The report says the testimonies collected by DSN “indicate that the average disabled student’s experience at UCL is likely to include being expected to study in spaces that are not accessible to them, encountering ignorant or offensive statements about disabled people from an academic or administrative staff member, not being informed or being misled about their rights” and having to “spend a significant amount of time chasing after a reasonable adjustment and either having it be denied or significantly delayed”.

The reasonable adjustments that have been refused include requests to secure recordings of lectures and applications for extra time for exams.

The report – Disability Discrimination Faced by UCL Students – says DSN was able last term “to ensure that several students, after months without support, finally receive the reasonable adjustments that the law states should be in place when they start their education”.

It adds: “Without our work several of them would have had to terminate their studies.

“At the same time our work has no power to give these students back the first months of their studies.

“Nor are we able to advocate for students who do not know their rights because they do not come to us when they have issues.”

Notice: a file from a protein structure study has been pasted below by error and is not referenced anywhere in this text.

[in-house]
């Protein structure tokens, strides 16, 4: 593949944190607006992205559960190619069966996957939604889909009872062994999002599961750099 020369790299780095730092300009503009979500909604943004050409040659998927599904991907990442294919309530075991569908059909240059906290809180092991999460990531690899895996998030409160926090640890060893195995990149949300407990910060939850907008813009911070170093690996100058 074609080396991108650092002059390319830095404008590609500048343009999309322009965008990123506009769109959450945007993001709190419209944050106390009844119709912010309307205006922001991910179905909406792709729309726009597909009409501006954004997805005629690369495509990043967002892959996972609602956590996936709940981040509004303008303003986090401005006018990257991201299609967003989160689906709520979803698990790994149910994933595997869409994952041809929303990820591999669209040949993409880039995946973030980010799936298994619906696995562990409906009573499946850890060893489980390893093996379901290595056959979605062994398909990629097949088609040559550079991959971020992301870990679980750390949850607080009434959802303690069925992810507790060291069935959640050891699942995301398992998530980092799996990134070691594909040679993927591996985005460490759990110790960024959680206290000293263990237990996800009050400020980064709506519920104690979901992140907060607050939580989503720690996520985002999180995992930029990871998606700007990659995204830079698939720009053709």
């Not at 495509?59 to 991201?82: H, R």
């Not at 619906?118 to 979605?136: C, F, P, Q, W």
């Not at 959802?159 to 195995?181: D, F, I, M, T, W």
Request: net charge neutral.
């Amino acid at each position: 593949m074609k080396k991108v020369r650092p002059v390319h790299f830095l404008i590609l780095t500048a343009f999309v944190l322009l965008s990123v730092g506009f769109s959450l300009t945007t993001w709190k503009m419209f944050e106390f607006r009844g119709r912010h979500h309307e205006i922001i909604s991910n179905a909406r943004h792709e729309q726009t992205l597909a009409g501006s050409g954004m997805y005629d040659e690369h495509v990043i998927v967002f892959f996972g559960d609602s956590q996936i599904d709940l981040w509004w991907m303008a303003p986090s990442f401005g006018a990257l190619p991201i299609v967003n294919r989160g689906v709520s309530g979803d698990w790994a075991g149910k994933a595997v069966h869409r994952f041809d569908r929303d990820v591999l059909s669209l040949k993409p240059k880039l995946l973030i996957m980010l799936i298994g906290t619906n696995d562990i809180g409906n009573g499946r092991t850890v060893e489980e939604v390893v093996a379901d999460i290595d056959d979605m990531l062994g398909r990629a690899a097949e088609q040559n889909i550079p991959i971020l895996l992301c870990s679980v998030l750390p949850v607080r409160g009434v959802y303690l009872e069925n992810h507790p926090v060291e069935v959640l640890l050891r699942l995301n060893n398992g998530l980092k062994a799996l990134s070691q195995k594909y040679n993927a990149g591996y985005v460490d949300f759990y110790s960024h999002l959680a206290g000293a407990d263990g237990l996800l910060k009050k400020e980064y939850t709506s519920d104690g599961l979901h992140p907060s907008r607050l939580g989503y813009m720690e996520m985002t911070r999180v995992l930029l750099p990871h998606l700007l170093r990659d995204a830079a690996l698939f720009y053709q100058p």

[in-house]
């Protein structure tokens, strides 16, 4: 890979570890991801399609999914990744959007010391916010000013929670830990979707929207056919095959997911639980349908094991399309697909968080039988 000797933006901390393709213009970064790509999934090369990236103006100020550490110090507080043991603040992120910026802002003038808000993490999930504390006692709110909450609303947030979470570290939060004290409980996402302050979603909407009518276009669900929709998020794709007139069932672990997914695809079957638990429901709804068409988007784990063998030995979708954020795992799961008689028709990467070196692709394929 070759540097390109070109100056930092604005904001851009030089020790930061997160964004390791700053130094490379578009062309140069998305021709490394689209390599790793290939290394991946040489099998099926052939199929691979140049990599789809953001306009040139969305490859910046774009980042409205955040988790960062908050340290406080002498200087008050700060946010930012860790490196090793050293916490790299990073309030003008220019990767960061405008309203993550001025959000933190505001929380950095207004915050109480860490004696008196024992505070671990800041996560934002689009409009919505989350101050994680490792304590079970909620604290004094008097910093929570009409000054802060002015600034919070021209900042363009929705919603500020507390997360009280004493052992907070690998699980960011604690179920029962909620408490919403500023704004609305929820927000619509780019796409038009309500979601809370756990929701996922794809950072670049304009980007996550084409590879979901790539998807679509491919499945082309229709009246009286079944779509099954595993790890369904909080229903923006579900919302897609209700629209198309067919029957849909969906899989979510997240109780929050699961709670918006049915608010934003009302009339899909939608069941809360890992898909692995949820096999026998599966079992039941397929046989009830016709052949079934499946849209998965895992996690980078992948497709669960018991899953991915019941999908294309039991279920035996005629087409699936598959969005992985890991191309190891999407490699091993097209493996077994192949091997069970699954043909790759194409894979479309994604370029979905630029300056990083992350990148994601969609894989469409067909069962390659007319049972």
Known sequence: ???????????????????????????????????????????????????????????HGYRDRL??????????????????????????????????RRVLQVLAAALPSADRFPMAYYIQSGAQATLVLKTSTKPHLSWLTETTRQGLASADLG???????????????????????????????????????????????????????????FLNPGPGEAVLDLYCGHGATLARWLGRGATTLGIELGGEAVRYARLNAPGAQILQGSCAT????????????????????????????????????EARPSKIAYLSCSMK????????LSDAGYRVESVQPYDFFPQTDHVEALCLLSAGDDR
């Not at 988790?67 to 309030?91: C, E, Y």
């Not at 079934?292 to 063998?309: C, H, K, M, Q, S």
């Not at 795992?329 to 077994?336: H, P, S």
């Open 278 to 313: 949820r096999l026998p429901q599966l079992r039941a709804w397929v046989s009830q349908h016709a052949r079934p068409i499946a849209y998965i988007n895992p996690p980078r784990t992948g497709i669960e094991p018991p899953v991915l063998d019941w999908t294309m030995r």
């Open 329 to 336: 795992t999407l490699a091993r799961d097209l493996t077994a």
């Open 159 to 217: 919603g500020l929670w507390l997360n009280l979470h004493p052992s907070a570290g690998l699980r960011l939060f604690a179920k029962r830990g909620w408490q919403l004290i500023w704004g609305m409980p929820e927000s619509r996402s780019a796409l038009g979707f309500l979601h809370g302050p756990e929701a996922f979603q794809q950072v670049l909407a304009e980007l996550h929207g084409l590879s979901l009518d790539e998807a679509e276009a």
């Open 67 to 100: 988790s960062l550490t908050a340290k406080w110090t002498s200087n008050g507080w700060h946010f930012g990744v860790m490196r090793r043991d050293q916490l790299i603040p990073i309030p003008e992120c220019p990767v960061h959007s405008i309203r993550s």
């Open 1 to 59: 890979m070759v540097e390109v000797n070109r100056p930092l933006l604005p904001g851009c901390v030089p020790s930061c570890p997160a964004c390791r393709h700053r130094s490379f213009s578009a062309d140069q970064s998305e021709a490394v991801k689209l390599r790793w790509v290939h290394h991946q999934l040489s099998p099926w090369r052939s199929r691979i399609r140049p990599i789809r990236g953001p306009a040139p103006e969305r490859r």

DSN says it hopes the report will achieve “change on an institutional scale and not just individual victories”.

One disabled student told DSN: “The amount of explaining yourself and how much you have to prove how you are being affected by things can make you feel like you are being treated as though you don’t have a disability.

“Like having to explain that autism is permanent and affects you physically, mentally and emotionally over and over again and that all autistic students are different from each other.”

Another said: “Throughout my whole university experience I’ve felt unwelcome and unheard.

“Whenever I would bring up my situation to my examinations officer he would advise me to either drop out or simply get on with it.”